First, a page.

MarketsTether’s possible collapse and what it means?

There's currently US$2.5 billion worth of Tether in circulation
Chong SiongOctober 17, 20187 min
https://coinsauce.com/wp-content/uploads/2018/10/ss-tether-1280x800.jpg

The entire crypto community has been rocked, yet again as Binance, on Monday decided to suspend withdrawals of Tether (USDT). While the issue has eventually been resolved, it only spurred more rumours of Tether’s insolvency. This story caught fire because of rumours that Tether was backed by an insolvent bank. One can only imagine the panic this has caused the industry; as many traders store their value in USDTs. Is someone trying to derail the success of USDTs – the only “stablecoin” that has a major footing in the crypto industry, until now?

One simply can’t put to rest the possibility that Binance has its own dreams for its own stablecoin as well, since Bitfinex actually “backs” Tether. We have written before about Binance’s ambitions – and perhaps this could explain the recent interest, in what many say are unfounded rumours of Bitfinex going bust, and Tether along with it. Anyways, this is story for another time, as we watch the drama unfold.

 

Newer, more regulated stablecoins

A newer stablecoin, Paxos hit the markets recently – touted as a more secure, more regulated stablecoin. This token was mostly touted by Binance, possibly as a replacement for Tether. The question remains – does the market need a more regulated stablecoin?

There’s no doubt that Tether is no stranger to controversies, and as many pundits have commented; lack in accountabilities. Numerous news outlets point the finger at Tether for single-handedly manipulating the markets, and pushing Bitcoin prices to all-time highs (back in December 2017). Whether or not this is true, remains to be proved. However, to be fair – it is completely overdue to introduce competition into the market. In a market increasingly seeing the participation of legitimate institutions, it is only a matter of time that there will be a huge demand for regulated stablecoins – such as Paxos.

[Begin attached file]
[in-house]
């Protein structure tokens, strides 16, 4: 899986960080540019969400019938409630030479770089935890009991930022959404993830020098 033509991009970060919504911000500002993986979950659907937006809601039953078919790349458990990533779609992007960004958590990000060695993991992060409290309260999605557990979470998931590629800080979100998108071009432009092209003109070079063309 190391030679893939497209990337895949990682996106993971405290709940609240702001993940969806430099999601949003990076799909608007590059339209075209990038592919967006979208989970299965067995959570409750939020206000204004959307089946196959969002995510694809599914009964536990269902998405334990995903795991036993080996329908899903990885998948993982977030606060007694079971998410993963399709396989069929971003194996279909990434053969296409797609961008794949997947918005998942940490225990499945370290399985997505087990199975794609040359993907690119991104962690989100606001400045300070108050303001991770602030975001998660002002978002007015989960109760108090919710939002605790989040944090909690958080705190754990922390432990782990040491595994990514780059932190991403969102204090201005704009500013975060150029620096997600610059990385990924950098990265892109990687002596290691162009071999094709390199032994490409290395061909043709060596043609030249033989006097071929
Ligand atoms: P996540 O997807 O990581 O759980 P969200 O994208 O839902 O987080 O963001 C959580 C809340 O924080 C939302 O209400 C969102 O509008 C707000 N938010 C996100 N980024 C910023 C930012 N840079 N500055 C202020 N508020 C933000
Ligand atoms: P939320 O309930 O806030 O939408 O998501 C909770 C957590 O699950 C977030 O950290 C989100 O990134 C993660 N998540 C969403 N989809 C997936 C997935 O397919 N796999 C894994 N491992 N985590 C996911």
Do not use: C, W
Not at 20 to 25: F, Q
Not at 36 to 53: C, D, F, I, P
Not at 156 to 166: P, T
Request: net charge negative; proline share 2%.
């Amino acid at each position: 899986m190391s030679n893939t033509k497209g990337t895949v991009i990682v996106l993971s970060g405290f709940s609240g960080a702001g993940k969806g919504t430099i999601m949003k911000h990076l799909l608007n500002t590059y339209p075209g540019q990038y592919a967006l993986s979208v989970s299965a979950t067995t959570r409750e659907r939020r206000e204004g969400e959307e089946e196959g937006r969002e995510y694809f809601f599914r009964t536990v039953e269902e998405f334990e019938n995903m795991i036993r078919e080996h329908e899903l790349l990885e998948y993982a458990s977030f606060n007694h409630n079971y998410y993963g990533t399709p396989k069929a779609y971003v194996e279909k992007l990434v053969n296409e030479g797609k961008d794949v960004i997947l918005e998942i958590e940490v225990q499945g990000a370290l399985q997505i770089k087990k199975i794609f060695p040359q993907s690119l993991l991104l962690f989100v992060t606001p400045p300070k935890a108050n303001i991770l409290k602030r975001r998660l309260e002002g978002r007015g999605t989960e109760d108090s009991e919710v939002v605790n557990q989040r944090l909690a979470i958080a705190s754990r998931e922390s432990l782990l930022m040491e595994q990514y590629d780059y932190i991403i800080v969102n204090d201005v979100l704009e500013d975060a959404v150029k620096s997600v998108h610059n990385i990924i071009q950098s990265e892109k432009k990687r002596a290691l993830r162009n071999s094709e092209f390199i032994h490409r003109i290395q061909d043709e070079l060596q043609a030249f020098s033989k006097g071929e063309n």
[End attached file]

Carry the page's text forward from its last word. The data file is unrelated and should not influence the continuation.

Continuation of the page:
Why more regulations?

Tether is a cryptocurrency token claimed by its creators to be backed by one dollar for each token issued. Photo by: ylv.io

While the market is still namely dominated by retail investors, the low cryptocurrency prices have attracted plenty of institutions who are bargain hunting – and they have plenty of dry powder left, having avoided investing in the all-time highs of 2017.

Let’s admit it, while the crypto industry in general are suspicious of the big boys, they secretly welcome them because only big money can push the prices up. Although institutions are entering crypto in a big way (which includes Fidelity this week) – they still have to practice caution and stick to basic accounting principles. For one, they are still required to peg the value of their holdings in US Dollars. To do this, they cannot “hold” onto any volatile instruments; which makes stablecoins infinitely useful.

 

The future

Just like emails were invented in the earlier days of the internet, it only found profound use just this decade. Today, everyone has an email – it is a necessity and one without an email would be met with scorn.

Such is the comparison for cryptocurrency – eventually, people will get used to the thought of crypto encompassing their daily lives and they may get comfortable and start counting their wealth in BTC instead of US Dollars. When this happens, then perhaps the use of stablecoins will cease. In the meantime, the arguments against “more” regulated stablecoins remain, as fiat-backed tokens means that it must be backed by a trusted institution, which present a major risk. As it is, since 2008, the US have seen over 500 bank failures.

What do you think? Should we go back to the basics and value cryptocurrencies based on their network, or can we back it with real assets other than fiat currencies, such as precious metals?

Cover photo by: Nick Chong/Bitcoinist

Chong Siong

Rocket Internet by training, he has worked as a professional marketer for Lazada/Alibaba & Bamilo (Ecommerce) and Easy (Transportation). Later, he honed his skills in operations, logistics, and management by launching and growing the Thai business (worth tens of millions) of a popular cross-border ecommerce platform (in Southeast Asia). Headhunted to join a public-listed tech company in Singapore, he led its Thai business until early 2018. Regarded as a trusted advisor by venture builders, Chong spends his time advising and investing into tech and crypto projects.

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